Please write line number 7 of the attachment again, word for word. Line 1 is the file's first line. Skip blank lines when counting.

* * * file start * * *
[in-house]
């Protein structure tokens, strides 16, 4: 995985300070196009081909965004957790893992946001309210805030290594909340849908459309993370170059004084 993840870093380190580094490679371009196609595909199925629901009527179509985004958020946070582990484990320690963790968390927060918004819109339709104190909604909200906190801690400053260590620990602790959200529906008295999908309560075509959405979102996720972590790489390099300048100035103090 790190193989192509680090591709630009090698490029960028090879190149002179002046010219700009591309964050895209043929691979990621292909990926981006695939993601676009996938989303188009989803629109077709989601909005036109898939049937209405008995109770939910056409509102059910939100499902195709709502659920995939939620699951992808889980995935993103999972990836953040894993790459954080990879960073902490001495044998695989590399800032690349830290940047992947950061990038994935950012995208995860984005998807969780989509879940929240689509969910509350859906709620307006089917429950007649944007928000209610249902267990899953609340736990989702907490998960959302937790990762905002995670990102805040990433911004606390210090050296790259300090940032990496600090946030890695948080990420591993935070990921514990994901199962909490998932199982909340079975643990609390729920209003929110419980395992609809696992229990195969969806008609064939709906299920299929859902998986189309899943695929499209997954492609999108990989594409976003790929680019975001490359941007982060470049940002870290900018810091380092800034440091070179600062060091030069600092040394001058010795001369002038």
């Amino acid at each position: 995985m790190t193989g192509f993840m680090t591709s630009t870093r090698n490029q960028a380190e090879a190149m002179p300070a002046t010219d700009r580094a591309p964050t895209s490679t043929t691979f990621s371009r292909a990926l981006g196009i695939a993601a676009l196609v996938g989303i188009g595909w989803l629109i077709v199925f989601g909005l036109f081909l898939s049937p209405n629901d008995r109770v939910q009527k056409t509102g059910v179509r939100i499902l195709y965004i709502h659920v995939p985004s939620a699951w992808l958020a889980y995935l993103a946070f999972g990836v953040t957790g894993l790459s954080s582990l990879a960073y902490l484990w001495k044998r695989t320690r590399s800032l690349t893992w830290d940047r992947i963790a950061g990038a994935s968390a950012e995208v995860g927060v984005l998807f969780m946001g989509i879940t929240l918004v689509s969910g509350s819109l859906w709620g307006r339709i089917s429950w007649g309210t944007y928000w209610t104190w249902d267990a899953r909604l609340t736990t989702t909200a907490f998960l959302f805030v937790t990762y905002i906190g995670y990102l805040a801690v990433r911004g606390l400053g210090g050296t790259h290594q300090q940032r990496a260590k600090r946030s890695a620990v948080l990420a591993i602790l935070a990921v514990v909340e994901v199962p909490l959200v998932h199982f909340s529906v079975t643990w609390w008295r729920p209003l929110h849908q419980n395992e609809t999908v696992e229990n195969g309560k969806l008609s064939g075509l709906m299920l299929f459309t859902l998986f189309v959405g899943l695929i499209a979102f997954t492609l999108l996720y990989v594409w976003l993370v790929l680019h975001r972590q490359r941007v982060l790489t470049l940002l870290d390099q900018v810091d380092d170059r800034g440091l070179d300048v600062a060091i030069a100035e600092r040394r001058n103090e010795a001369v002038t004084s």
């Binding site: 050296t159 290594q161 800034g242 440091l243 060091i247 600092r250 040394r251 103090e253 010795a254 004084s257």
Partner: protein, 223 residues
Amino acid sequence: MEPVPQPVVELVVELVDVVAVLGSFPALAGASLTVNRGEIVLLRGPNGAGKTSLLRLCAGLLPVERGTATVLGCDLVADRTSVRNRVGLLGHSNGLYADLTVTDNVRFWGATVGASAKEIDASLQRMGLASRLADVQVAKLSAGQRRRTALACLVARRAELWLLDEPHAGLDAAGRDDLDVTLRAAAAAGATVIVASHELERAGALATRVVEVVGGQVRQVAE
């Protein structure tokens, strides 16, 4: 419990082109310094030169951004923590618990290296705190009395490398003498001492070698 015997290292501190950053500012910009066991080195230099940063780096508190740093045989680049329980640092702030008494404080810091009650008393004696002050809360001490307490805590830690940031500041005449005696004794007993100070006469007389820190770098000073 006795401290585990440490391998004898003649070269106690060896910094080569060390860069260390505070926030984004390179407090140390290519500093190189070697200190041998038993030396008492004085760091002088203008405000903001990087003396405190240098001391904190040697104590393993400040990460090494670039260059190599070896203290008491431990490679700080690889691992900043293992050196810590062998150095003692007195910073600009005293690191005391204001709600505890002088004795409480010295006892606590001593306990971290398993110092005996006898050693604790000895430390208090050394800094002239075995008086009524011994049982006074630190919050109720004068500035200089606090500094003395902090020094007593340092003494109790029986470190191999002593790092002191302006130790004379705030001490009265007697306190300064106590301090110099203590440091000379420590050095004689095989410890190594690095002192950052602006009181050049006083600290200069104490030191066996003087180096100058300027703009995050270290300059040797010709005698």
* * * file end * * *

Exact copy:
């Protein structure tokens, strides 16, 4: 419990082109310094030169951004923590618990290296705190009395490398003498001492070698 015997290292501190950053500012910009066991080195230099940063780096508190740093045989680049329980640092702030008494404080810091009650008393004696002050809360001490307490805590830690940031500041005449005696004794007993100070006469007389820190770098000073 006795401290585990440490391998004898003649070269106690060896910094080569060390860069260390505070926030984004390179407090140390290519500093190189070697200190041998038993030396008492004085760091002088203008405000903001990087003396405190240098001391904190040697104590393993400040990460090494670039260059190599070896203290008491431990490679700080690889691992900043293992050196810590062998150095003692007195910073600009005293690191005391204001709600505890002088004795409480010295006892606590001593306990971290398993110092005996006898050693604790000895430390208090050394800094002239075995008086009524011994049982006074630190919050109720004068500035200089606090500094003395902090020094007593340092003494109790029986470190191999002593790092002191302006130790004379705030001490009265007697306190300064106590301090110099203590440091000379420590050095004689095989410890190594690095002192950052602006009181050049006083600290200069104490030191066996003087180096100058300027703009995050270290300059040797010709005698």